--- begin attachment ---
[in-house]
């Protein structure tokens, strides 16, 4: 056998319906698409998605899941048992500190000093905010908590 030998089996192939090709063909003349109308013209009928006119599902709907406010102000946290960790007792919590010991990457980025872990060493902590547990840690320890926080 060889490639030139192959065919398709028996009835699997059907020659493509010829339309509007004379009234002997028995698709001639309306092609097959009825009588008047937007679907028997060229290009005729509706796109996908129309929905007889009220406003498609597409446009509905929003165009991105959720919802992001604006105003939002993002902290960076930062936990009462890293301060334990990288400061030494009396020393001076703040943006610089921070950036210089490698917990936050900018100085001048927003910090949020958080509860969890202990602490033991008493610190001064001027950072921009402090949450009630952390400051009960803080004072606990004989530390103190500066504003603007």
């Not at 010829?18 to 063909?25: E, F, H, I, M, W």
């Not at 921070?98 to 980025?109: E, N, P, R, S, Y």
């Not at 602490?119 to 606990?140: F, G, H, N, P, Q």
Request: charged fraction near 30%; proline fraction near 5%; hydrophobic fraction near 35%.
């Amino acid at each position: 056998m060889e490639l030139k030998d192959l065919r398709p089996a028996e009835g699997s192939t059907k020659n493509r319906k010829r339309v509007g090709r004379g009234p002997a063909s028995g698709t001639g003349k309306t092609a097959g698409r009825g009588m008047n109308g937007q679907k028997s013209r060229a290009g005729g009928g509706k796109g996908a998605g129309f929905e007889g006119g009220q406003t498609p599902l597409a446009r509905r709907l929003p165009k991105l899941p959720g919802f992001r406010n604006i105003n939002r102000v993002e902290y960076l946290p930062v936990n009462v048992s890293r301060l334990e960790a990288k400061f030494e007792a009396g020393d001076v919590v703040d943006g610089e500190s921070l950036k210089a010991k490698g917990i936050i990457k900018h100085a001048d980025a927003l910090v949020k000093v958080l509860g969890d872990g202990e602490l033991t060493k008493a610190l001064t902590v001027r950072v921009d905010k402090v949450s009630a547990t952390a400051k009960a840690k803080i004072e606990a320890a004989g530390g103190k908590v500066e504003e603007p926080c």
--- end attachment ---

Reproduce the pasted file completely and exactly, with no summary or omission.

[in-house]
């Protein structure tokens, strides 16, 4: 056998319906698409998605899941048992500190000093905010908590 030998089996192939090709063909003349109308013209009928006119599902709907406010102000946290960790007792919590010991990457980025872990060493902590547990840690320890926080 060889490639030139192959065919398709028996009835699997059907020659493509010829339309509007004379009234002997028995698709001639309306092609097959009825009588008047937007679907028997060229290009005729509706796109996908129309929905007889009220406003498609597409446009509905929003165009991105959720919802992001604006105003939002993002902290960076930062936990009462890293301060334990990288400061030494009396020393001076703040943006610089921070950036210089490698917990936050900018100085001048927003910090949020958080509860969890202990602490033991008493610190001064001027950072921009402090949450009630952390400051009960803080004072606990004989530390103190500066504003603007």
């Not at 010829?18 to 063909?25: E, F, H, I, M, W």
């Not at 921070?98 to 980025?109: E, N, P, R, S, Y």
């Not at 602490?119 to 606990?140: F, G, H, N, P, Q």
Request: charged fraction near 30%; proline fraction near 5%; hydrophobic fraction near 35%.
């Amino acid at each position: 056998m060889e490639l030139k030998d192959l065919r398709p089996a028996e009835g699997s192939t059907k020659n493509r319906k010829r339309v509007g090709r004379g009234p002997a063909s028995g698709t001639g003349k309306t092609a097959g698409r009825g009588m008047n109308g937007q679907k028997s013209r060229a290009g005729g009928g509706k796109g996908a998605g129309f929905e007889g006119g009220q406003t498609p599902l597409a446009r509905r709907l929003p165009k991105l899941p959720g919802f992001r406010n604006i105003n939002r102000v993002e902290y960076l946290p930062v936990n009462v048992s890293r301060l334990e960790a990288k400061f030494e007792a009396g020393d001076v919590v703040d943006g610089e500190s921070l950036k210089a010991k490698g917990i936050i990457k900018h100085a001048d980025a927003l910090v949020k000093v958080l509860g969890d872990g202990e602490l033991t060493k008493a610190l001064t902590v001027r950072v921009d905010k402090v949450s009630a547990t952390a400051k009960a840690k803080i004072e606990a320890a004989g530390g103190k908590v500066e504003e603007p926080c």